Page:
Table 4

Key conclusions and recommendations of the studies on centralised, decentralised and hybrid medication distribution systems in hospitals

Centralised medication distribution systemHybrid medication distribution system and othersDecentralised medication distribution system
Medication errorsUnit-dose DDS seems safer than the traditional ward-stock DDS41
Medication carts alone did not reduce the risk of MEs1
Unit-dose distribution using CDT with BC scanning seems to improve accuracy of dispensing and may be even less costly and equally effective without carts40
More attention should be paid to reduce MEs in centralised DDS41
No change was identified in the incidence of technical (selection) errors in UDS in comparison to pharmacy-based ADCs34
Automated dispensing technology reduces MEs3 17 26
All error types reduced in the unit-dose drug distribution system26
Hybrid system reduces MAEs compared with WSS. The system does not affect prescribing errors26
Hybrid system does not prevent errors caused by missing medications26
Strategies to prevent MEs must be based on changes to the systems rather than individuals3
BC scanning was found to prevent errors17
Decentralised medication distribution system reduces MEs: prescribing, administration, picking/selection, preparation, missing medications and wrong dose errors13 14 16 24 25 27 29 30 35 39
ADCs and CPOE reduces prescription and dispensing errors8
ADCs improve the efficiency of medicines administration but have little effect on the rate of MEs2
An increase in MAEs and decrease in ADEs was found27
Decentralised dispensing system could not prevent all MEs, for example, wrong-technique errors and picking errors still remain for non-ADDS medicines13 29 36
Risks are found in subprocesses other than administration itself8
Clinical pharmacyGives pharmacists a better chance of performing clinical pharmacy activities41
Automation has a positive impact on medication management process21
More visits to the wards are needed to stregthen clinical pharmacy-related activities41
Not reportedPharmacists have a better chance to review prescriptions and control the usage of medicines. More errors are avoided and safety is improved16 24 30
Patient safetyUnit-dose DDS improves patient safety41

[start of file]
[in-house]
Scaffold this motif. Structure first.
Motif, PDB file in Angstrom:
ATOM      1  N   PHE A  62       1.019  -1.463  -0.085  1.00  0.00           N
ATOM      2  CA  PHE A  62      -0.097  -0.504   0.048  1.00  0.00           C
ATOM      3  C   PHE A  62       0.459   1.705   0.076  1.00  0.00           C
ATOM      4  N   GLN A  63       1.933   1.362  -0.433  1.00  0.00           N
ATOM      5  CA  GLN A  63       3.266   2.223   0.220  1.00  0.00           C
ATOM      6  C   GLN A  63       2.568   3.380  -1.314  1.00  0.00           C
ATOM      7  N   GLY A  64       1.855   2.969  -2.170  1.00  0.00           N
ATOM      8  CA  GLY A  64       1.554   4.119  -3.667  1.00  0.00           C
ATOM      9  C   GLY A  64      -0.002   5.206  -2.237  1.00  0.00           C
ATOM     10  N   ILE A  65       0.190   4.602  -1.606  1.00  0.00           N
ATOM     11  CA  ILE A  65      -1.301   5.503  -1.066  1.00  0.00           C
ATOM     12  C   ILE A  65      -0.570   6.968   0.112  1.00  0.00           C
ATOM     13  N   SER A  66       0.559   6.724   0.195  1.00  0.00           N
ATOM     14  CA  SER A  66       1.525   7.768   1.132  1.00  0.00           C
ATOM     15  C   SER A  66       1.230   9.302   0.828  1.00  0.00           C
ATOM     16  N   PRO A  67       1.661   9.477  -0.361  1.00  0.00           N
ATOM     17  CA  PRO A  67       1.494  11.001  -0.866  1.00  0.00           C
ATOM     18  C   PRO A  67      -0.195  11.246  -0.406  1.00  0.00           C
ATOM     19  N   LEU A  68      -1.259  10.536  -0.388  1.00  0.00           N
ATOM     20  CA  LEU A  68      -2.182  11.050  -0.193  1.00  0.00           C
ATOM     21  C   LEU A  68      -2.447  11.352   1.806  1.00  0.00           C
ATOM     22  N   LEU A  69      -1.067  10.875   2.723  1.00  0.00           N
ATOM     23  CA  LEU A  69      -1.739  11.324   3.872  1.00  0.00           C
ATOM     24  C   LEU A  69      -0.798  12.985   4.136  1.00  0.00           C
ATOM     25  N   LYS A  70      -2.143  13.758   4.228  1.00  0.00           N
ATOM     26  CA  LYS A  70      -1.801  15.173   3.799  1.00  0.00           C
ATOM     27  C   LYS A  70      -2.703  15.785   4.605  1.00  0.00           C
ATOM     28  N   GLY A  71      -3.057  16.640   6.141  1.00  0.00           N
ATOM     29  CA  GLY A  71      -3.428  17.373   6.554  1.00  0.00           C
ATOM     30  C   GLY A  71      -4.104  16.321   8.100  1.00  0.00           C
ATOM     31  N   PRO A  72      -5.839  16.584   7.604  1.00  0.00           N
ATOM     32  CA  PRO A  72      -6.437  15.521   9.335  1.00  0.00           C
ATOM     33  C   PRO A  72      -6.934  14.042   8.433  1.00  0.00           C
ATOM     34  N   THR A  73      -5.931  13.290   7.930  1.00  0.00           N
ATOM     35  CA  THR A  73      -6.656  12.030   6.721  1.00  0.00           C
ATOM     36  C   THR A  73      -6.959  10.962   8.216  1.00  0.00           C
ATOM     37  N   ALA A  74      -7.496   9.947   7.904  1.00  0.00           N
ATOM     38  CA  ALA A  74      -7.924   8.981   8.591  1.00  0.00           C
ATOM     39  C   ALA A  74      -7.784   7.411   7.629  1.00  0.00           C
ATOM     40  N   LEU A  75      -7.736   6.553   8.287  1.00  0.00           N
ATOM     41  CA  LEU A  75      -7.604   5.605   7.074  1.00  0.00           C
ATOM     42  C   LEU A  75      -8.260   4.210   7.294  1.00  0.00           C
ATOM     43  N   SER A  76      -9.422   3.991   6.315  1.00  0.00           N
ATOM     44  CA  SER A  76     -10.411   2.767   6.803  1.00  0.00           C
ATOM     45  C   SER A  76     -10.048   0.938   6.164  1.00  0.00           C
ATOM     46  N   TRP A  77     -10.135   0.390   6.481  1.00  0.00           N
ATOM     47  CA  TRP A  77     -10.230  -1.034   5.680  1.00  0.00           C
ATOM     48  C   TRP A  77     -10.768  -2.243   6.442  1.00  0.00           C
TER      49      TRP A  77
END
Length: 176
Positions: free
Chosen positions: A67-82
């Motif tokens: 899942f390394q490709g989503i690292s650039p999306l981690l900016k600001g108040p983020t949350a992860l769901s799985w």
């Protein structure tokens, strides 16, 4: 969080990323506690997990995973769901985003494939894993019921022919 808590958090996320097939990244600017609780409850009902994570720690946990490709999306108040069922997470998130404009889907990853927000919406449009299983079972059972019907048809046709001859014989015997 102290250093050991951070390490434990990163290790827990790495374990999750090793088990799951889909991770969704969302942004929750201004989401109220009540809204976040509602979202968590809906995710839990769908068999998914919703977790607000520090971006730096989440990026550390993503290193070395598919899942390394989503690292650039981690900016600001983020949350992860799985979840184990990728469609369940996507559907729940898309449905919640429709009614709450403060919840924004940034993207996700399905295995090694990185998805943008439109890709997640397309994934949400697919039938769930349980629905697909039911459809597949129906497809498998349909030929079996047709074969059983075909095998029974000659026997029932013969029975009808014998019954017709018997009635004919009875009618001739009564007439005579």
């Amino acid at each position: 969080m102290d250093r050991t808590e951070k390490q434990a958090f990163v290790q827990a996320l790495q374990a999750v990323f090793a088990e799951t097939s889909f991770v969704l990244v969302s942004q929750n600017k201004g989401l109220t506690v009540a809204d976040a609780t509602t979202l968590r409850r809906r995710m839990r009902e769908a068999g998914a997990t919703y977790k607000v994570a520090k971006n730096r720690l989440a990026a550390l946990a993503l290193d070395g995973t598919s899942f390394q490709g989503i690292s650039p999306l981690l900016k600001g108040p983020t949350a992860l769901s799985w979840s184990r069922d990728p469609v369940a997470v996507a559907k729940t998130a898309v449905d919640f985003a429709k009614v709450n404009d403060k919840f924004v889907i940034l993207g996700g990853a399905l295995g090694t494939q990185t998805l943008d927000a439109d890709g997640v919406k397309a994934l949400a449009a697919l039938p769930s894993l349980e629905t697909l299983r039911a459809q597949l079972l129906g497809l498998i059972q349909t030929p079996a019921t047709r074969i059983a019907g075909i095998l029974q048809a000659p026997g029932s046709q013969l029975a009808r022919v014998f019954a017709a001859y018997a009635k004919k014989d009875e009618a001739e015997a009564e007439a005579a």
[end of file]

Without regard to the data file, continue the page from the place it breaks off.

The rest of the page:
Improved quality management enables better patient safety28
Nursing staff were satisfied with the use of technology and believed it facilitated their work and contributed to safe healthcare1
Technology improves the quality of patient care itself by controls and alerts and by freeing up healthcare professionals to perform tasks that improve patient care in other ways3 17
Medications are ready to dispense after pharmacist's verification17
The risk of an unnecessary medication being administered was reduced due to redesigned cartfill process33
Decentralised system may improve safety and quality of care13 16 27
Electronic systems can have benefits in drug administration and safety aspects31
BCs increased confirmation of patient identity before administration30 31 39
Nurses believed that safety improved and system helped to reduce medication incidents35
Collaboration is essential to ensure safe patient experiences32
New technologies may compromise patient safety or create a false sense of security23 35
System increased documentation discrepancies31
TimeCart-fill process was faster before implementation40 Hybrid system saves time compared with decentralised system18
The cart-fill redesign had positive impact on lead times33
Time spent on medication-related tasks inrceased after implementation24 30
Technican spent more time managing the stocks with ADDS25 30 32
Pharmacists’ time spent performing technical distribution activities was decreased while time spent on clinical work appeared to increase14
Nusing time dedicated to medications reduced2 25 30
Faster medication process: the automated medication dispensing systems outside patient rooms resulted in fewer episodes waiting to access the system and allowed nurses more time at the bedside. ADCs enabled fast ADE reports, improved timelines and security of administration16 31 32 38
The time taken to retrieve narcotics and other controlled drugs improved14 16 37
Pharmacists and nurses spend less time dispensing drugs. Pharmacists have more time to collaborate with their nursing colleagues, check physicians’ orders against patients’ drug profiles, reconcile patient medication, participate in patient care rounds and provide patient education. Nurses have more time to observe patients16 25 31
With ADM the medication retrieval process was slower than before37
Work/workloadCentralised dispensing systems create additional workload in pharmacies, especially for pharmacy technicians28 40
Reduction in labour required to perform first-dose dispensing enabled reallocation of technician staff to other areas40
Automation eases pharmacists’ distributive responsibilities. It also frees up technicians to do other duties17 33